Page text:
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Study: Variability In Hatchery Rearing Has ‘Profound Abilities’ To Impact Salmon Smolt Performance
Posted on Friday, May 05, 2017 (PST)

Hatchery salmon smolts are not all equal, according to a recent study that examined the same Hood River broodstock but reared a portion – a third – at each of three different spring chinook hatcheries in the Columbia River basin before releasing the smolts back into their native river.

 

One hatchery stood out: the Pelton Ladder hatchery, operated by the Oregon Department of Fish and Wildlife on the Deschutes River just downstream of Portland General Electric’s Pelton-Round Butte Complex of dams. The hatchery is funded by PGE and the Bonneville Power Administration.

 

The Pelton Hatchery smolts migrated to Bonneville Dam and the Columbia River estuary faster than the others and they came back in higher relative numbers (better smolt-to-adult returns) than the other two hatcheries used in the experiment – Parkdale Hatchery on the Hood River and the Carson National Fish Hatchery on the Wind River in Washington.

 

The Parkdale Hatchery is operated by the Confederated Tribes of the Warm Springs and the Carson Hatchery is operated by the U.S. Fish and Wildlife Service and is supported by Mitchell Act funds.

 

“Different environments and different rearing protocols at different locations created smolts that performed quite differently,” said Brian Beckman, a research fisheries biologist with the Northwest Fisheries Science Center, NOAA Fisheries, Seattle, and one of the study’s authors. “Smolt development, size at release, speed of smolt out-migration, age of maturation and smolt to adult survival varied widely among smolts of the same genetic stock reared under different protocols in different hatchery environments but released at the same place and experiencing the same out-migration gauntlet.

 

“Variability in hatchery rearing has profound abilities to influence post-release smolt performance,” Beckman concluded.

 

“The Impact of Different Hatchery Rearing Environments on Smolt-to-Adult Survival of Spring Chinook Salmon,” was published online March 30, 2017, in Transactions of the American Fisheries Society (http://www.tandfonline.com/doi/abs/10.1080/00028487.2017.1281168?journalCode=utaf20).

 

Its authors are Beckman, Deborah Harstad, Dina Spangenberg, Rua Gerstenberger, Chris Brun and Donald Larsen, all research fisheries biologists with the Northwest Fisheries Science Center, NOAA Fisheries, Seattle.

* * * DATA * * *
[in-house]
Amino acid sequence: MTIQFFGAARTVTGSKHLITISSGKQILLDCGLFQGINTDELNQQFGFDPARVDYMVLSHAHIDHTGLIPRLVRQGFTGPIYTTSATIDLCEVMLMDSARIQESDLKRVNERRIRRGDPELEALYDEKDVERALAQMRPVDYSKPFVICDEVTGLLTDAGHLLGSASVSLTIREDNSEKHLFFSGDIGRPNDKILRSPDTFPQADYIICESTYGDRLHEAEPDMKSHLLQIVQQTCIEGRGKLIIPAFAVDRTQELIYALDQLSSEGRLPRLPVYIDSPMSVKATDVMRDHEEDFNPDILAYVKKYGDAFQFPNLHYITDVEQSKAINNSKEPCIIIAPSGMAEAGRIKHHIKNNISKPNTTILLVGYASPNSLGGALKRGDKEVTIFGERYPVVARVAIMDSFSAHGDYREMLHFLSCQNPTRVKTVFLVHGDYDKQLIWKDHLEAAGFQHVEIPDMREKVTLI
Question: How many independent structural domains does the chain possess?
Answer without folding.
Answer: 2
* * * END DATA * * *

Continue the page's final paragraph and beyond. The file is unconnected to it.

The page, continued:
After rearing at Pelton Ladder and Carson, biologists brought the smolts back to acclimation pens before releasing those smolts, plus the smolts reared at Parkdale, into the Hood River. From 2010 to 2012 they released over 40,000 PIT-tagged spring chinook smolts into the river over the same three day period each year.

 

The average migration rate of the juveniles after release was 3.9 to 10 kilometers per day (2.4 to 6.2 miles/day), but the migration rate for the Pelton fish was significantly greater than that for either the Carson or the Parkdale fish. “Rearing location was a significant predictor of migration rate to Bonneville Dam, but BY (brood year) was not,” the study says. Migration rates to the estuary had similar results.

 

“On its own, migration rate to Bonneville Dam was the best predictor of age 3-5 SAR,” the study concludes.

 

On return, the smolt-to-adult return rate of the fish reared at the Pelton Ladder hatchery was 1.55 percent, while the SAR from the Carson Hatchery was just 0.36 percent and the SAR from the Parkdale Hatchery was 0.49 percent.

 

However, the proportion of fish that were two-year fish, or minijacks, was “highly variable across brood years and rearing locations,” the study says.

 

“These results demonstrate the significant effect prelease rearing practices can have on postrelease performance of spring Chinook Salmon smolts,” the study says.